Plogger Sabrina went backstage to talk with Mary Catherine Garrison about her role in Lend Me a Tenor.
Sabrina: You've done a variety of plays that include Accent on Youth and The Man Who Came to Dinner. Do you like doing period pieces? What attracts you to this era of the '30s and '40s?
Mary Catherine: I really like doing period pieces, but I don't necessarily seek them out. That time period was sort of golden time for American theater so there are frequent revivals of plays from then, and, like our play, you have writers who have a lot of affection for that genre and then set plays in that time period. Personally, I enjoy doing GOOD plays - whether modern or a revival. But I do have a special place in my heart for the 20s, 30s, and 40s. I love films and music from then--and I'm so fascinated by their lifestyle. The hair, the clothes, the social norms - all the little details just fascinate me.
Sabrina: After having done both, what do you think is tougher, drama or comedy?
Mary Catherine: The honest answer is that they're both tough, but in different ways. I would say that comedy is tougher, only because you spend a lot of time not being funny until you find the funny, or doing the same jokes for the same people in the same room who can't laugh at it anymore. But doing a run of a play that asks a lot of you emotionally - eight shows a week of screaming and crying - that's a whole other animal. Right now, I'm really happy to be in a light, silly comedy!
Sabrina: In the play, your character, Maggie, wants a fling. What do you think that really means in terms of 1934? In your opinion, do you think this want ever really gets satisfied?
Mary Catherine: The writer, Ken Ludwig, wrote this play in the 1980s and set it in 1934, so I'm thinking there are some liberties taken with some period behavior here :) The truth is, though, that people in the 30s--and any other time period, for that matter--were having sex and fooling around and had sexual desire and all of that. Whether you would have announced it to your fiance at that time, I'm not so sure. I think the want gets satisfied in a way she wasn't expecting: she had underestimated Max (played by Justin Bartha) and gets to experience him in a whole new light - which ends up being much better than a fling could have been.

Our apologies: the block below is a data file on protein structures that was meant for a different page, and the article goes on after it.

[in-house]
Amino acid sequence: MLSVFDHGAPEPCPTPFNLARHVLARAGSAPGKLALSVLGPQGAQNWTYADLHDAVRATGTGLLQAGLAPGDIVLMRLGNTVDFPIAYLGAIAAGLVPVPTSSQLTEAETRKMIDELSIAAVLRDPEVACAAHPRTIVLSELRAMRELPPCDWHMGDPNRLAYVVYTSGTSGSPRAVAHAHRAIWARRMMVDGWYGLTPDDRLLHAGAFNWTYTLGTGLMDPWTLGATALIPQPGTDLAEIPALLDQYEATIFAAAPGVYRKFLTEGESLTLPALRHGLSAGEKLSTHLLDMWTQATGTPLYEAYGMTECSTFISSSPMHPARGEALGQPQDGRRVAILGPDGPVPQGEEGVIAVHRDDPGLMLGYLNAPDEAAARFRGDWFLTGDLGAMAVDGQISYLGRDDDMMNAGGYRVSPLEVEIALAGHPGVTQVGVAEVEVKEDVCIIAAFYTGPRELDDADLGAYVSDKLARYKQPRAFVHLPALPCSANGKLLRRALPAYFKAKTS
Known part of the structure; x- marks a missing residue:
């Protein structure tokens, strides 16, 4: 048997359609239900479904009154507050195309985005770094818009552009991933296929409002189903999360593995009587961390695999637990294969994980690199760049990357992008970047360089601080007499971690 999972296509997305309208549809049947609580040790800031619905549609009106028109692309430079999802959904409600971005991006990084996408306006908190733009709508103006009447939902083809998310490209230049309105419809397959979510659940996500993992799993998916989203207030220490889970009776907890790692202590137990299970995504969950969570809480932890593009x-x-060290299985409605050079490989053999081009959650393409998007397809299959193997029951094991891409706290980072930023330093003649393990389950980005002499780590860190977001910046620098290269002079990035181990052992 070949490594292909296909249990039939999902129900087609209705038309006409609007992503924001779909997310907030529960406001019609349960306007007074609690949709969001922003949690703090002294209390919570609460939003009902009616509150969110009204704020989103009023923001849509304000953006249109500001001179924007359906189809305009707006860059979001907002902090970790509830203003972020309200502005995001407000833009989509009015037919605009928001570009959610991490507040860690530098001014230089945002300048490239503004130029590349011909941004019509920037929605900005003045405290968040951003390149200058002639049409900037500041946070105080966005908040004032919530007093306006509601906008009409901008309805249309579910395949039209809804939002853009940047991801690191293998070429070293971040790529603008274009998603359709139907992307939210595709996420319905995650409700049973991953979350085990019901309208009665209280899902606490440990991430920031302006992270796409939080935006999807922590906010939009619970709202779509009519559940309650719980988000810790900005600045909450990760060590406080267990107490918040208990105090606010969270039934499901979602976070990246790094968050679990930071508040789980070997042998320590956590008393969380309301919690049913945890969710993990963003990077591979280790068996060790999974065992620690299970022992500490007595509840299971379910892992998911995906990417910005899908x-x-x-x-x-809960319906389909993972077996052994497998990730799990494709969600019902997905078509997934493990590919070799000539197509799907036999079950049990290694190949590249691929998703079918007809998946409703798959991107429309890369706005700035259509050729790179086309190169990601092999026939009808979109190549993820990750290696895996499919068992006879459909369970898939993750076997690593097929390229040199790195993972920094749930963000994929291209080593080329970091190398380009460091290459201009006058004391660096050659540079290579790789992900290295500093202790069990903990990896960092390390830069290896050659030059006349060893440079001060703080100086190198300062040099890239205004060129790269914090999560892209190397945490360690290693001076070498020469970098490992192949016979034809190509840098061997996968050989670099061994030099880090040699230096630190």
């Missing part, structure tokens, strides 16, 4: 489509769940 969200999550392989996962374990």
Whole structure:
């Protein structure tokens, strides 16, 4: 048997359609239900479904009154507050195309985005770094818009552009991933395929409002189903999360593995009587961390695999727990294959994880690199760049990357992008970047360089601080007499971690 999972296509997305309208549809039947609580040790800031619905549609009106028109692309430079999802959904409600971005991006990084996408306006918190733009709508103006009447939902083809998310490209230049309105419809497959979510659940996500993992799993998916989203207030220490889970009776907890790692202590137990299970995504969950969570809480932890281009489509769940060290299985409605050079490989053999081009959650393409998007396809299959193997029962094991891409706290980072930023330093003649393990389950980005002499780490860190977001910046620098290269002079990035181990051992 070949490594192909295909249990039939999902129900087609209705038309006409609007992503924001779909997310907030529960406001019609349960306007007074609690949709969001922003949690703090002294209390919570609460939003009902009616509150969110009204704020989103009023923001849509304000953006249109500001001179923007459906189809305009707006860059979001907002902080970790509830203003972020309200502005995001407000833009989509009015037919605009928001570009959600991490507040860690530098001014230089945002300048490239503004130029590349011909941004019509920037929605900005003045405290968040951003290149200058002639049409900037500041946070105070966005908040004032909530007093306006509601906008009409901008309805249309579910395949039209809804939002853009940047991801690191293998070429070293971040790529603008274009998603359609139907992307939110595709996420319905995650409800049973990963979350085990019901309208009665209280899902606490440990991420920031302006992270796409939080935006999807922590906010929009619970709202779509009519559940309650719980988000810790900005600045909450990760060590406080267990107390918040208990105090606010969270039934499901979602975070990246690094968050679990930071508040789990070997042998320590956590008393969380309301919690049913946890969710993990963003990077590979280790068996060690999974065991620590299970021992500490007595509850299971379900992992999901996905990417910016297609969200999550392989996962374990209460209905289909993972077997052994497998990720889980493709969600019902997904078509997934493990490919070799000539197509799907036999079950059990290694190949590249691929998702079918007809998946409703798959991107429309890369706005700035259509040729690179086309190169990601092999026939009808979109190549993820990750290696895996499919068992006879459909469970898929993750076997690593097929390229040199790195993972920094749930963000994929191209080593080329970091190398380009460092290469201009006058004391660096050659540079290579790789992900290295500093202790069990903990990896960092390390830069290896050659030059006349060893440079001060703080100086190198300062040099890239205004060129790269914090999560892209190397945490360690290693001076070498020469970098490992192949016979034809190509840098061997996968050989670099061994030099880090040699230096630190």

Sabrina: Can you relate to Maggie? Or is she different from yourself or anyone you've ever played?
Mary Catherine: I almost always feel like there is plenty to relate to in any character I play. They may not be exactly like me, or want exactly what I want, but they are people who want something, so we always have that in common - after that you just have to get into and believe in the specifics.
Sabrina: What is your typical warm-up before getting on stage? Is there any particular song or exercise that pumps you up?
Mary Catherine: I'm finding that every show is different for me. I do a little yoga and a short vocal warm-up in my dressing room with this particular show. I want to go onstage with my energy high, so I've been blasting music that I don't normally listen to - like Guns-n-Roses and AC/DC to get the blood pumping.
Sabrina: What is it like working with such a dynamic and star-studded cast?
Mary Catherine: As famous and dynamic as they are--they are also an incredibly generous group of people who know a lot about comedy and about finding the jokes and I love them all immensely. We're still thrilled to be onstage together and still working. An example: the other night I was backstage with Tony and Justin and told them about a laugh I had lost which I had been getting since the beginning and I couldn't figure out what I was doing differently and what I needed to do. So in the dimly lit backstage area while whispering, the three of us talked it out and tried out a couple of things and solved it and I got my laugh back! They're also a hilarious group so we laugh a whole lot. There's nothing better.
Sabrina: What has been your most memorable onstage or backstage experience?
Mary Catherine: Fortunately or unfortunately, this particular cast has quite a few individuals who break easily on stage (by 'break' I mean laugh) and because there are some funny moments with some real funny actors, we have all lost it on stage. The audience loves it so my feeling is that if its genuine its fine. But as much as the audience loves it, we're having an even better time. It's such a wonderful job to be able to make people laugh!